Model Saira Mohan has walked the runway for prestigious international labels including Chanel, Valentino and Victoria’s Secret. Born to a Punjabi father and French-Irish-Canadian mother, Mohan has been hailed by Newsweek as the ‘new global standard of beauty’. She shares her thoughts on modelling, Bollywood and the joys of motherhood with Priyanka Gill.
What are you doing at the moment?
I’m preparing for motherhood. I will also be featured in Vogue this April. I am also doing a lot of television in the US and UK. I have a ton of young girls writing me and asking me about the fashion and entertainment business. I’m also reading some pretty compelling film scripts from Hollywood and Bollywood.
What books are you reading now?
I’m knee-deep in pregnancy books and baby books. They are fascinating.
What films do you have in the pipeline? Are you eyeing Bollywood?
I enjoy acting when the part fits an aspect of who I am. I am doing a film called When Harry Tries To Marry. It’s developing nicely. It is written and produced by Nayan Padrai. It has Hollywood and Bollywood talent, on both sides of the camera. It’s a very exciting project.
You have said that your Indian background has been a complete non-issue in your career. But you also say that you have been capitalising on the Indian angle. Why the contradiction?
My Indian background has not played any part in my success as a model. Nobody cares about that beyond a point. However, with my particular looks, an art director can make me look like I am from almost any background. I have sold products in Spain, South America, Italy, France, and UK — anywhere that the demographic will respond. At the moment, I have some exposure in India and, therefore, am capitalising on the fact that I can look Indian as well.
After the Newsweek cover, you seem to be the flavour of the month (or months) for the Indian press. How do you feel about this?
I feel very lucky that I have been given an opportunity to share myself with my distant country. India has always had a special place in my heart and I am grateful for the chance to share my hopes and dreams with her. I like to think of myself as a bridge between the East and the West—using the attention that I have received to further a better understanding of our cultures.
You told the BBC that you are the first of many (models) to come. What advise would you give to the aspiring Saira Mohans in India?
I believe this because I see it with my own eyes. Take models like Ujjwala Raut and designers like Anand Jon for example. Indians continue to contribute to the business world from Hollywood to Hewlett Packard. Advice to aspiring models of India: if you want to be judged solely on your outer shell and you have the correct height, weight, etc, then follow your dreams and go for it. But, beware of the sharks and trust your parents’ instincts.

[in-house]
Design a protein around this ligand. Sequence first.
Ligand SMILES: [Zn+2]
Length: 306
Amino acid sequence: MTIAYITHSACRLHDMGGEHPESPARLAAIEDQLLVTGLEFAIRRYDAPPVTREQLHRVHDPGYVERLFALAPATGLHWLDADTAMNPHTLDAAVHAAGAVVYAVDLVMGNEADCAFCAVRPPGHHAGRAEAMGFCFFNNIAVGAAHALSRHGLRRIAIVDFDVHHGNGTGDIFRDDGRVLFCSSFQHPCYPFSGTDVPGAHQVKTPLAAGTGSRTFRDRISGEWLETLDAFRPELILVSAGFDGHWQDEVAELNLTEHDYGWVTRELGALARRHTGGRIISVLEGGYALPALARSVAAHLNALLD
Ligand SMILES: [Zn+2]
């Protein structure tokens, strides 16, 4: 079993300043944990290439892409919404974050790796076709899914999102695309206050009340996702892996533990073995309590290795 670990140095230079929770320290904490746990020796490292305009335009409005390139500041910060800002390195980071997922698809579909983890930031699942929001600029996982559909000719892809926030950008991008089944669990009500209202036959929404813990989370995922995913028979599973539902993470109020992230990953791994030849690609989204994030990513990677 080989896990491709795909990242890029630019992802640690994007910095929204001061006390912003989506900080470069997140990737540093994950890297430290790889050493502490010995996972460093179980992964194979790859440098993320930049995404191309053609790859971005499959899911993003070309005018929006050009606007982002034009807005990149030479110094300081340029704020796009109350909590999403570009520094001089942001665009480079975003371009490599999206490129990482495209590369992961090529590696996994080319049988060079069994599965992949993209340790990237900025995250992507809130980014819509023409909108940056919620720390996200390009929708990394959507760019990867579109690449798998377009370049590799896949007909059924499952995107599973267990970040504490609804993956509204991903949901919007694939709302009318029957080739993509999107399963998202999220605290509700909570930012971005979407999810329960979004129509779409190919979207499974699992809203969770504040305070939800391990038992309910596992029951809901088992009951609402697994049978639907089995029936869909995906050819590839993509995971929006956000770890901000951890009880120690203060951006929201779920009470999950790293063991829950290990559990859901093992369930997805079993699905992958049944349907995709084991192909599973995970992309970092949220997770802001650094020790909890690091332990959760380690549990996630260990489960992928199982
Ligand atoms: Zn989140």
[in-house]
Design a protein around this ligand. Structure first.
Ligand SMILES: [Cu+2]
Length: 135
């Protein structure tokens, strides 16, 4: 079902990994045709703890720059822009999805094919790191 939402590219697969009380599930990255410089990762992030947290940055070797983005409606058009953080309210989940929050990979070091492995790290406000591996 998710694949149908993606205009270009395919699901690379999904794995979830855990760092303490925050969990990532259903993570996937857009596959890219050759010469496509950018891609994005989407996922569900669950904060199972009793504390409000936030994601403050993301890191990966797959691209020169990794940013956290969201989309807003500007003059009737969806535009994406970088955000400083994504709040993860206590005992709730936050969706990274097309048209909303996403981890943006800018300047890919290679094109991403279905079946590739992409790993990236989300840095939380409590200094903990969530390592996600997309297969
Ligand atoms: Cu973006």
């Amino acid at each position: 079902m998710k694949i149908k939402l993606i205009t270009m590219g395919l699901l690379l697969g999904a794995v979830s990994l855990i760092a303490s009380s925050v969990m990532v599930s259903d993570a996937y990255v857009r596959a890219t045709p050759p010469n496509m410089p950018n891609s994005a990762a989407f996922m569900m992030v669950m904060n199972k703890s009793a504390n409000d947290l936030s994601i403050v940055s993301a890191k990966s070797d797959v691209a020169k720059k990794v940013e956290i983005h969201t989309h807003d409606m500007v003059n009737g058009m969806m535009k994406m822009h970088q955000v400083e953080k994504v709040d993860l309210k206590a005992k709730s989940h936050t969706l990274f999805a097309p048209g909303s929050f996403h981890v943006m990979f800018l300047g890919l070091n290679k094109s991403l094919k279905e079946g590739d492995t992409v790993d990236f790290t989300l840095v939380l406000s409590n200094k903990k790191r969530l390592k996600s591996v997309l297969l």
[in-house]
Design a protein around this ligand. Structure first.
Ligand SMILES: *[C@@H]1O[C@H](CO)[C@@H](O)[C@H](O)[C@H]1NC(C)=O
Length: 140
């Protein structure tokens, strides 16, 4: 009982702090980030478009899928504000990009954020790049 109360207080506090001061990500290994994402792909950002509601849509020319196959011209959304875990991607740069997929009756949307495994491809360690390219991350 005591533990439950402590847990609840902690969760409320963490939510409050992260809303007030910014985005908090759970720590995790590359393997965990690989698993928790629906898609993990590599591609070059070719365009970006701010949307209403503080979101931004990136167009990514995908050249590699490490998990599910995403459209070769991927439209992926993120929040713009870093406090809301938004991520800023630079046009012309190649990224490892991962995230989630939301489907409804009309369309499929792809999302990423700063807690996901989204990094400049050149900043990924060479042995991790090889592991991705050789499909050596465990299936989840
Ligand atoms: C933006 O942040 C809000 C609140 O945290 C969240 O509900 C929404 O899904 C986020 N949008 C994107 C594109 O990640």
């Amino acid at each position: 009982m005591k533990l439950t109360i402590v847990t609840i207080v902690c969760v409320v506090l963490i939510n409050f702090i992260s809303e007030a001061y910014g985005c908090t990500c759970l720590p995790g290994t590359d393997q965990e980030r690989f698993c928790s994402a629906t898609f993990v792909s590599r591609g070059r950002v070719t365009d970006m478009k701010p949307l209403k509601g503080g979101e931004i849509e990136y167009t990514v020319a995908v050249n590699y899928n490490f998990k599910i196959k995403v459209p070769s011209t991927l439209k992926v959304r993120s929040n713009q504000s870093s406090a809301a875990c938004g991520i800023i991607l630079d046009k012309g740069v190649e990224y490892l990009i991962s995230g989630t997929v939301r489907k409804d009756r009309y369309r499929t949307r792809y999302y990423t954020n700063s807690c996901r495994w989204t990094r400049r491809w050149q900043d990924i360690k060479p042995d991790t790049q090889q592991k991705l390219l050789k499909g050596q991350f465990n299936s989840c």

What do you love best about India?
I love her mystery and her depth. India is a different country every time I visit her— both inspiring me and amazing me at the same time. This question will be more provocative 50 years from now. I wonder if I would still be as stuck on the answer.
How do you describe your ‘Indianness’?
I would describe it as ‘subtle and mysterious’. I have Punjabi blood in my veins and discover more and more of what that means everyday. I love everything about India, Kerala is my favourite destination and if India were a stock, I would buy the hell out of it!
Do you wear clothes by Indian designers? Would you walk the ramp for any of them?
I wear clothes from Indian shops and mix them with my western wear. I love Indian fabrics and colours. I would be delighted to walk the ramp for any designer who requests me to do so.
You are a painter too. Tell me about Saira the artist.
Saira the artist is very passionate. I enjoy the solitude and focus that comes along with creation. I love to sit and think deeply about what I am doing and what colours I may want to use to express the particular mood that I may be in at that time. For me, painting is an escape from the hectic world that we all live in, and when I am painting I am getting to know myself better — my limitations, my deepest darkest thoughts… it’s very inspiring.
Your e-book How to Seduce (and Marry) the Woman of your Dreams has had quite a few satisfied readers. How do you cope with all the letters you receive?
I continue to give advice every day to the many fans from across the globe who send me their questions — teenagers and young adults that are having a difficult time understanding the opposite sex and want to know how to deal with each other in the most productive ways. I care about these letters so deeply; in many instances, I can help, and I want to share.
What part of Saira has not yet hit the public domain?
When someone is in the public eye, I do believe there is a degree of responsibility that goes along with that and one must be careful with what one says and does. I am a very sexual and sensual person. But I am not sure that expressions of these should be discussed when unsolicited.
What do you want to be remembered for?
I want to be remembered for what I have given back to the global community. I am currently forming The Saira Mohan Educational Society. Its purpose is to bring knowledge and knowledge-seekers together in a variety of ways. To make this goal a reality, the SMES has formed an operating partnership with The Round Table Group, a network of thousands of professors, deans, and trustees from the world’s most prestigious universities. The idea is to bring state-of-the-art knowledge and processes to parts of the world that need it most. Think of it as a knowledge bridge between the East and the West, the rich and the poor.